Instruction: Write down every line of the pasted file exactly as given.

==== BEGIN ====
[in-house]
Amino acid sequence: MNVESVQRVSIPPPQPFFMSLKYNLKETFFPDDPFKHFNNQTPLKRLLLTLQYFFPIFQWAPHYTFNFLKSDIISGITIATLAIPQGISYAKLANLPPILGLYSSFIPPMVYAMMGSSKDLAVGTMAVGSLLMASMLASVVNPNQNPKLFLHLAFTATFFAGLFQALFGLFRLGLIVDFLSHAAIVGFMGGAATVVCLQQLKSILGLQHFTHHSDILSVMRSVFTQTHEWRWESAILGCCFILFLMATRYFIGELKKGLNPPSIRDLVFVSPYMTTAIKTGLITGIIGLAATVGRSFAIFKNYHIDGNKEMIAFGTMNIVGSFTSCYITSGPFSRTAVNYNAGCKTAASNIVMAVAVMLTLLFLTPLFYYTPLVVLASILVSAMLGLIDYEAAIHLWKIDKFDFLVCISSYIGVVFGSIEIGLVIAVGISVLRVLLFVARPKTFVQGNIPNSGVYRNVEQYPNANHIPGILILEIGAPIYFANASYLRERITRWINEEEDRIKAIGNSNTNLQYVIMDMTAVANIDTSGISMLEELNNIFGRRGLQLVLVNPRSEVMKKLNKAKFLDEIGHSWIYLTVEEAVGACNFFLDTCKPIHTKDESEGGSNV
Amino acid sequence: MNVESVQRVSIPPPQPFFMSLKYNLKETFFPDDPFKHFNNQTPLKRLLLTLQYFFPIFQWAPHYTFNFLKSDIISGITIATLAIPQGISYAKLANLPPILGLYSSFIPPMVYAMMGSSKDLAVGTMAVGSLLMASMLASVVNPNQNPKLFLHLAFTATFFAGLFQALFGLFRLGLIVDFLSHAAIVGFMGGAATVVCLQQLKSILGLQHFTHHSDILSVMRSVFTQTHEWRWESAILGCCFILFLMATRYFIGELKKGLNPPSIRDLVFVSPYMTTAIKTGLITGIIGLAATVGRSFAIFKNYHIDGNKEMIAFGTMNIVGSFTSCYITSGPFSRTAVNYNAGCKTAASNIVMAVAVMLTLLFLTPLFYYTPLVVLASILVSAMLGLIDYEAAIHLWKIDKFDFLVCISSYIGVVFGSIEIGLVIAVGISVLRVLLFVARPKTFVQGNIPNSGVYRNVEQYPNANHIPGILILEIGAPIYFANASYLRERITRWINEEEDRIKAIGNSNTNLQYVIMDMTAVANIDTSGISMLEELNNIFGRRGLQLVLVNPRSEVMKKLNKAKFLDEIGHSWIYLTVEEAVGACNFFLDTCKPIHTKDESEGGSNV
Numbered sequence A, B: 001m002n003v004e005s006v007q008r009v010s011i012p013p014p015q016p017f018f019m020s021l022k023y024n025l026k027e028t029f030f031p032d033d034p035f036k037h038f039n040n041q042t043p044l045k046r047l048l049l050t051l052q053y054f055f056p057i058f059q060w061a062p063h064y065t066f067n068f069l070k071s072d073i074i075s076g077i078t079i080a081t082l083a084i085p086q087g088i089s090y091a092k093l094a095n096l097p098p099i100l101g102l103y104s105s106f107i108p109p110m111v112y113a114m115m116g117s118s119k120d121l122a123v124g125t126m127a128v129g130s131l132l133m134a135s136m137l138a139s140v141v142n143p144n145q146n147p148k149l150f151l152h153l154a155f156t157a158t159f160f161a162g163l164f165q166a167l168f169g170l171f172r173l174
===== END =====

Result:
[in-house]
Amino acid sequence: MNVESVQRVSIPPPQPFFMSLKYNLKETFFPDDPFKHFNNQTPLKRLLLTLQYFFPIFQWAPHYTFNFLKSDIISGITIATLAIPQGISYAKLANLPPILGLYSSFIPPMVYAMMGSSKDLAVGTMAVGSLLMASMLASVVNPNQNPKLFLHLAFTATFFAGLFQALFGLFRLGLIVDFLSHAAIVGFMGGAATVVCLQQLKSILGLQHFTHHSDILSVMRSVFTQTHEWRWESAILGCCFILFLMATRYFIGELKKGLNPPSIRDLVFVSPYMTTAIKTGLITGIIGLAATVGRSFAIFKNYHIDGNKEMIAFGTMNIVGSFTSCYITSGPFSRTAVNYNAGCKTAASNIVMAVAVMLTLLFLTPLFYYTPLVVLASILVSAMLGLIDYEAAIHLWKIDKFDFLVCISSYIGVVFGSIEIGLVIAVGISVLRVLLFVARPKTFVQGNIPNSGVYRNVEQYPNANHIPGILILEIGAPIYFANASYLRERITRWINEEEDRIKAIGNSNTNLQYVIMDMTAVANIDTSGISMLEELNNIFGRRGLQLVLVNPRSEVMKKLNKAKFLDEIGHSWIYLTVEEAVGACNFFLDTCKPIHTKDESEGGSNV
Amino acid sequence: MNVESVQRVSIPPPQPFFMSLKYNLKETFFPDDPFKHFNNQTPLKRLLLTLQYFFPIFQWAPHYTFNFLKSDIISGITIATLAIPQGISYAKLANLPPILGLYSSFIPPMVYAMMGSSKDLAVGTMAVGSLLMASMLASVVNPNQNPKLFLHLAFTATFFAGLFQALFGLFRLGLIVDFLSHAAIVGFMGGAATVVCLQQLKSILGLQHFTHHSDILSVMRSVFTQTHEWRWESAILGCCFILFLMATRYFIGELKKGLNPPSIRDLVFVSPYMTTAIKTGLITGIIGLAATVGRSFAIFKNYHIDGNKEMIAFGTMNIVGSFTSCYITSGPFSRTAVNYNAGCKTAASNIVMAVAVMLTLLFLTPLFYYTPLVVLASILVSAMLGLIDYEAAIHLWKIDKFDFLVCISSYIGVVFGSIEIGLVIAVGISVLRVLLFVARPKTFVQGNIPNSGVYRNVEQYPNANHIPGILILEIGAPIYFANASYLRERITRWINEEEDRIKAIGNSNTNLQYVIMDMTAVANIDTSGISMLEELNNIFGRRGLQLVLVNPRSEVMKKLNKAKFLDEIGHSWIYLTVEEAVGACNFFLDTCKPIHTKDESEGGSNV
Numbered sequence A, B: 001m002n003v004e005s006v007q008r009v010s011i012p013p014p015q016p017f018f019m020s021l022k023y024n025l026k027e028t029f030f031p032d033d034p035f036k037h038f039n040n041q042t043p044l045k046r047l048l049l050t051l052q053y054f055f056p057i058f059q060w061a062p063h064y065t066f067n068f069l070k071s072d073i074i075s076g077i078t079i080a081t082l083a084i085p086q087g088i089s090y091a092k093l094a095n096l097p098p099i100l101g102l103y104s105s106f107i108p109p110m111v112y113a114m115m116g117s118s119k120d121l122a123v124g125t126m127a128v129g130s131l132l133m134a135s136m137l138a139s140v141v142n143p144n145q146n147p148k149l150f151l152h153l154a155f156t157a158t159f160f161a162g163l164f165q166a167l168f169g170l171f172r173l174